My very good friend called this morning in relation to my recent Pride column and asked how I would solve the problem of a young kid who says they feel they’re a boy even though they were assigned female at birth.
“This is not a problem,” I said. “I wouldn’t try to ‘solve’ it.”
Kids know who they are. Some know it very early with impressive clarity. Others take longer, experiment widely, go back and forth a few times, circle around, or not. It’s all good.
My friend is a wonderful man who has lived his life among cis-het people. Folks who were assigned a particular sex and gender at birth, who feel comfortable in that identity and who are happy and comfortable living a heterosexual lifestyle around people who are in exactly the same situation. He definitely does not have a lot of personal experience of gender diversity beyond what I like to call “straight gays,” or people of one gender who are attracted to people of the same gender.
But what this friend has is an open mind and a loving heart.
“You’re heterosexual, right?”
“Yes!” He almost laughed, like it should be obvious.
“When did you find out you were attracted to girls?”
“About seven years old.”
See, I told him, at that age I didn’t know who I was, gender-wise. To be perfectly honest with you I am still not entirely clear and before you know it I’ll be 53 years old. I was assigned female at birth because all my visible bits are female. I grew and popped three entirely new humans (plus one who was never born) so evidently my internal plumbing is female, too.
But I never felt at home with girls and I don’t identify as woman to this day. I also don’t identify as a man. So what does that make me?
It makes me, me. I don’t owe you, me or anyone else a label. If you like or love me for who I am, you don’t care about that either. You care about me.
There is no problem. Except of course for those who insist I must belong in a binary, heteronormative box that hurts me. Those who demand I behave female (understood just the way they do, yes sir) because I was born with a uterus, some tubes, a cervix, vagina and all the rest of it. It’s those people who are the problem. Not me. I’m just here vibing.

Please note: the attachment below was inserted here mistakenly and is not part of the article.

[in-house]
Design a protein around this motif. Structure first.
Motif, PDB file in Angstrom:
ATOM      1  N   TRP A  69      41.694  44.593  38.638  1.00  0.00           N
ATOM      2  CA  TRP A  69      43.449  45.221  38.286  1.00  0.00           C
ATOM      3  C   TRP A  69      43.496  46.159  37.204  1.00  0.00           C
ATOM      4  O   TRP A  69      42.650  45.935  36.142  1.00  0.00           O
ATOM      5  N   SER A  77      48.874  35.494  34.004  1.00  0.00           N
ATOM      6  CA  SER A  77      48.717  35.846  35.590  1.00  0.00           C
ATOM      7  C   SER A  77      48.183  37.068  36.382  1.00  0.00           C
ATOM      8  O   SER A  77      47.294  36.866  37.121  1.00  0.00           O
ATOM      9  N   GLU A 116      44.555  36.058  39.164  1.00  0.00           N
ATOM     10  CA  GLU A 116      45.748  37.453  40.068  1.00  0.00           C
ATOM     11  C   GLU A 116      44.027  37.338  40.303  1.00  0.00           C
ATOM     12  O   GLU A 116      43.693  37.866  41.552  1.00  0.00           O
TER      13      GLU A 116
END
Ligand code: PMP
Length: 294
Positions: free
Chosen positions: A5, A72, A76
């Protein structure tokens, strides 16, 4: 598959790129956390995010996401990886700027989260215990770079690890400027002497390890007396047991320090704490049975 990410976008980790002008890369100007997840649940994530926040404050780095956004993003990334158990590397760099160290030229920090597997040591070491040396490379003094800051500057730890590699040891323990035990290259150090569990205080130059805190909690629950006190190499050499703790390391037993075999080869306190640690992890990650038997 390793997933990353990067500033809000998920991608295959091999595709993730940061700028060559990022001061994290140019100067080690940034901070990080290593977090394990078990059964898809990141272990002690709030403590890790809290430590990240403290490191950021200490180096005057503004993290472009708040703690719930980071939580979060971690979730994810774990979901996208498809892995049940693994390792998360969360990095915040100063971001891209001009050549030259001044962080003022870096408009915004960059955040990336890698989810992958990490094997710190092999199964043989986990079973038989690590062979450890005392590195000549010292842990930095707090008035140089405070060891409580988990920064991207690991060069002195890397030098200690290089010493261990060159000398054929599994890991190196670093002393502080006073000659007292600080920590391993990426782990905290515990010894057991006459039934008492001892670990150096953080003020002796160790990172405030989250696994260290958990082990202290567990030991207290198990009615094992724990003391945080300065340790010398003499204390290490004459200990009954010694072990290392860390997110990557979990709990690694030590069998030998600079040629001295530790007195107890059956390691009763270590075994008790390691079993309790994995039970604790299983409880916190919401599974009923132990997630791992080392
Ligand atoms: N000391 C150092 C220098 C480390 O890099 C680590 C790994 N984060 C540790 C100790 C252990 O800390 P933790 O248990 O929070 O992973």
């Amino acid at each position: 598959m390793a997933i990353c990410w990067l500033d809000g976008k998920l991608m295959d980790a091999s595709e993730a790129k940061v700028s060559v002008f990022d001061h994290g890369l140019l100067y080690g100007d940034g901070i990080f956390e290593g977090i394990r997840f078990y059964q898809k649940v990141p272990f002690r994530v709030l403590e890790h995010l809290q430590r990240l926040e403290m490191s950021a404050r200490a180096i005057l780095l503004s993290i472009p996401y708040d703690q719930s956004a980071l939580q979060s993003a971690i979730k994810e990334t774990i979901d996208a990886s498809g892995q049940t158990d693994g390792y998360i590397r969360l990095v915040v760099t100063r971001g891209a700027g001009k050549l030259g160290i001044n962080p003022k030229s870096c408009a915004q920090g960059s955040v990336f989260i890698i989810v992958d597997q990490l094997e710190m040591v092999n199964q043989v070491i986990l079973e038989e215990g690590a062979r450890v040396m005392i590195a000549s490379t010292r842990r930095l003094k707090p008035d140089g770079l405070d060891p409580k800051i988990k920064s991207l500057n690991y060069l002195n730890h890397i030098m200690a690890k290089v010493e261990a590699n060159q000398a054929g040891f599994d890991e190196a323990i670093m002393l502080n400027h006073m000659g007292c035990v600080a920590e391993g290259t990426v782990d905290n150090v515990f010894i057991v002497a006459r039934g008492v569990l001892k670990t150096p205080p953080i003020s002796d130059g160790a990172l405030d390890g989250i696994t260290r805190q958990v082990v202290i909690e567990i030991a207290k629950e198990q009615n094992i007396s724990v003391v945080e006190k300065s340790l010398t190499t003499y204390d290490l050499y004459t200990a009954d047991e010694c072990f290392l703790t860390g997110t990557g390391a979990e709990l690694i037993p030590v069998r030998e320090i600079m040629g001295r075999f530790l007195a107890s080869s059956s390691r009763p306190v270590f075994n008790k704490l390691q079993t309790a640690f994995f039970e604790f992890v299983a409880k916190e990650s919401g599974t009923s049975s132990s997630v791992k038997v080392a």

We don’t raise kids; they’re not cattle
I did not grow up with the expectation that I had the right to be who I wanted to be. I was raised to conform to particular expectations. Let’s just say it didn’t work.
I’ve learned not to care but it took a lot of work and a lot of hurt to find a way to being myself. Still, I’m among the most fortunate in that nobody tried to deny me my own existence or push me into suicide by repeatedly refusing to accept me. Many kids have it much worse than I ever did, and I am here for them.
Nobody knows parents like their own kids. As I wrote and will keep repeating, if your child is out and you’re the only one who doesn’t know about it, you are the problem. You are the danger they are afraid of. And they are right.
It’s one thing for a kid to be nervous about coming out, including to loving and accepting parents. It’s quite another to freak out at the idea that their parents might find out who they are.
And what a burden to put on teachers’ shoulders. Imagine being forced to out kids to their parents and losing three of them every year to suicide.
School boards that take the child’s lead and respect students’ wishes are doing the right thing. Using legislation to compel them to out kids to their parents is criminally dangerous, wrong and also evil. Parents who are safe already know about their kids’ pronouns and gender identity.
If you think this is exaggerated or overblown, then you’re probably like my friend. Someone who has lived their life around straight people and whose queer or trans friends have the good fortune of being accepted by their loved ones. I urge you to keep your mind and heart open wide for all the others.
A large proportion of homeless youth are LGBTQ2S+ (as much as 40%) and they face a multitude of challenges which too often lead them down the path of drugs, violence, and worse. There are, today, parents who would rather kick their kid out on the street than accept them for who they are. As long as these people exist we absolutely cannot force schools to out kids to their parents. There is no parental right to abuse and mistreat your children.
Right now, for some queer and trans youth, school is literally the only place that is safe from violence. Do not take it away from them.